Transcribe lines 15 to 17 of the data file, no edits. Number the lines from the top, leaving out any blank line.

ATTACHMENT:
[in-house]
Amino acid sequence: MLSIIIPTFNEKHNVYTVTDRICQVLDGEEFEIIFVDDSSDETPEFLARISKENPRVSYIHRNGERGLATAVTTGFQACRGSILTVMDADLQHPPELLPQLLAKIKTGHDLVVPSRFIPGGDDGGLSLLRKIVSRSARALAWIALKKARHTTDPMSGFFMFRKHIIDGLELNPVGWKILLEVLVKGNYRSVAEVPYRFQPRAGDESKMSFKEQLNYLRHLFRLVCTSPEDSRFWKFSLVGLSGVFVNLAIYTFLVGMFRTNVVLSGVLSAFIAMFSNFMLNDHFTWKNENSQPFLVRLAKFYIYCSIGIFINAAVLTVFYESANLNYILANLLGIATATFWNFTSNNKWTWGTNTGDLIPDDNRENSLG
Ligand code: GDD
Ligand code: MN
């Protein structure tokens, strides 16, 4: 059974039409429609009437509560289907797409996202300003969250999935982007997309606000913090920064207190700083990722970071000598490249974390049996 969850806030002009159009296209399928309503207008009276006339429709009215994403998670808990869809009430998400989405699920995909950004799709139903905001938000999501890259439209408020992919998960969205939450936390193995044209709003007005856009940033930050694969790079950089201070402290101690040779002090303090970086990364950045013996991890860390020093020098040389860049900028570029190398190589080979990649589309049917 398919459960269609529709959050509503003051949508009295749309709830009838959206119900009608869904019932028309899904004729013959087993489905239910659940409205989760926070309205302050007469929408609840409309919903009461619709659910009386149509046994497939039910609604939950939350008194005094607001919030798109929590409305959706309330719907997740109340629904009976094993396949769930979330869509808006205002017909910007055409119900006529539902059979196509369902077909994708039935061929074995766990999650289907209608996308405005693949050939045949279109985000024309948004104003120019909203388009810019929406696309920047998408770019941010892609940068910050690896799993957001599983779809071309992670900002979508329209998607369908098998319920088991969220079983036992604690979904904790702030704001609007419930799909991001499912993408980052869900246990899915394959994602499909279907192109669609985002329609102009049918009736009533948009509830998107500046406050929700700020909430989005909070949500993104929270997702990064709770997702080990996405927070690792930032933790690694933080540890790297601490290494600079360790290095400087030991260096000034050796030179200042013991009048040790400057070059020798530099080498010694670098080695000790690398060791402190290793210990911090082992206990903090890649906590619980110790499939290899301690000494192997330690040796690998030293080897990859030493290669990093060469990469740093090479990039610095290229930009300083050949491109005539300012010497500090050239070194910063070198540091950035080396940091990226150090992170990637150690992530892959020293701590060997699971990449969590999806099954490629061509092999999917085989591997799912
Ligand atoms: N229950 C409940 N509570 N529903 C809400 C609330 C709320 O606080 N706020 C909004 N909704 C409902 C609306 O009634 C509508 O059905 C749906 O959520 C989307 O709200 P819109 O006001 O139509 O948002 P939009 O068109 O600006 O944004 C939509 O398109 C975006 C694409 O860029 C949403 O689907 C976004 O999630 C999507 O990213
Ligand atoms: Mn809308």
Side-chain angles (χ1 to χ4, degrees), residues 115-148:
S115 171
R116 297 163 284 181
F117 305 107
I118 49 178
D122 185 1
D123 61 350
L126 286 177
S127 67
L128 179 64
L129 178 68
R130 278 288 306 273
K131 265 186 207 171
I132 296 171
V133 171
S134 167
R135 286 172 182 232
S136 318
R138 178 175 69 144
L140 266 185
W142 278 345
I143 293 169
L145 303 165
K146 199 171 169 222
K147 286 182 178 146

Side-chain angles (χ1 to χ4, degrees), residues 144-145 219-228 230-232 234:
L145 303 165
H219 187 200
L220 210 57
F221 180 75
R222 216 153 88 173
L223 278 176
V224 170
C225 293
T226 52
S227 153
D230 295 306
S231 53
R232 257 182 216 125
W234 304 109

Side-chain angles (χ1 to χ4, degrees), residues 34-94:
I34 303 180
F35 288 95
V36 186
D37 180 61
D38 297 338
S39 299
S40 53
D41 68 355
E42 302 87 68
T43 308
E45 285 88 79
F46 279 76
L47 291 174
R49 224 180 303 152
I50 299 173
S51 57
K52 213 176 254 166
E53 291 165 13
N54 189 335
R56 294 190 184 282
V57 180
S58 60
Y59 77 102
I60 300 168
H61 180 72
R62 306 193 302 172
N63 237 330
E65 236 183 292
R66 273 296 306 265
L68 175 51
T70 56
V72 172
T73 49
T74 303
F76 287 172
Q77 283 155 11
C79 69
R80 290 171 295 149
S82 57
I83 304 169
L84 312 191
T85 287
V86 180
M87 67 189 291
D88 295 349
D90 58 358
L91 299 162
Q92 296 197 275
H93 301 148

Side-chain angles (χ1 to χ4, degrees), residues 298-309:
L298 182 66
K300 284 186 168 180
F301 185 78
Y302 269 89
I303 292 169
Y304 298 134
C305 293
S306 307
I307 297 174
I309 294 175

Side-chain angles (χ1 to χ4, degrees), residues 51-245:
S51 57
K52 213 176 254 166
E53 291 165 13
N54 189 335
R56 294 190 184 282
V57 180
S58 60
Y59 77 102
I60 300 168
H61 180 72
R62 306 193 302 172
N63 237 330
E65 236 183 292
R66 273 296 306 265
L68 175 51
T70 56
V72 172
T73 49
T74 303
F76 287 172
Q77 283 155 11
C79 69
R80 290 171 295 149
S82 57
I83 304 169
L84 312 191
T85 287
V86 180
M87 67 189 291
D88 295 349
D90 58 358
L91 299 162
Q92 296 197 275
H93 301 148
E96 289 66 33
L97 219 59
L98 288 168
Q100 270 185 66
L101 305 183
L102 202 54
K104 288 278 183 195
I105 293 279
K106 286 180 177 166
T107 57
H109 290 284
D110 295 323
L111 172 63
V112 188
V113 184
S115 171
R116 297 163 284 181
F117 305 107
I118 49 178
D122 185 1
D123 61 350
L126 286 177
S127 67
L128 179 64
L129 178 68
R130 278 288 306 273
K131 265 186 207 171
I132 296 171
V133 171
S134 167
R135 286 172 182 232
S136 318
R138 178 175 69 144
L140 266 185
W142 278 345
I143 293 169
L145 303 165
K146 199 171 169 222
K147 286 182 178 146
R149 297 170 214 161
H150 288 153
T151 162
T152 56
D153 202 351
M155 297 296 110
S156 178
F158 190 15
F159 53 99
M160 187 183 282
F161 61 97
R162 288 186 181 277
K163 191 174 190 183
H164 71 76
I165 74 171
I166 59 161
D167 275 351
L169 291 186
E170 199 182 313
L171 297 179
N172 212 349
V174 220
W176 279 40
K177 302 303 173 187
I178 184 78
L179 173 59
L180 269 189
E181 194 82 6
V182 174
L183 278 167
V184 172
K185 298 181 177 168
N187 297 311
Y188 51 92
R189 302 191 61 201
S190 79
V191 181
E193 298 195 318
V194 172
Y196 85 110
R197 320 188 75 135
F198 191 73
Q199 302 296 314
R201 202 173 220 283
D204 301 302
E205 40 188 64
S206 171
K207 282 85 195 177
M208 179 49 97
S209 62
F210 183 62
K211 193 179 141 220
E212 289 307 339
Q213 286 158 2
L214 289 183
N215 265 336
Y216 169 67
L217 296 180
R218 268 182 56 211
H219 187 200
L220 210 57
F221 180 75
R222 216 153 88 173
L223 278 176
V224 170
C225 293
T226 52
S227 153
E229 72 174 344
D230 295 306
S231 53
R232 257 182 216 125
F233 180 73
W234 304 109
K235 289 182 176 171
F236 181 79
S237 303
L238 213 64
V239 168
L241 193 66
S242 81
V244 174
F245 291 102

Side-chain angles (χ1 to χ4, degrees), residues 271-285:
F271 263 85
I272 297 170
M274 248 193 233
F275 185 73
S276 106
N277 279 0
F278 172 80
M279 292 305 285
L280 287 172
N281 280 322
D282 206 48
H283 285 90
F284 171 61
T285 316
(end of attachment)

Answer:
L126 286 177
S127 67
L128 179 64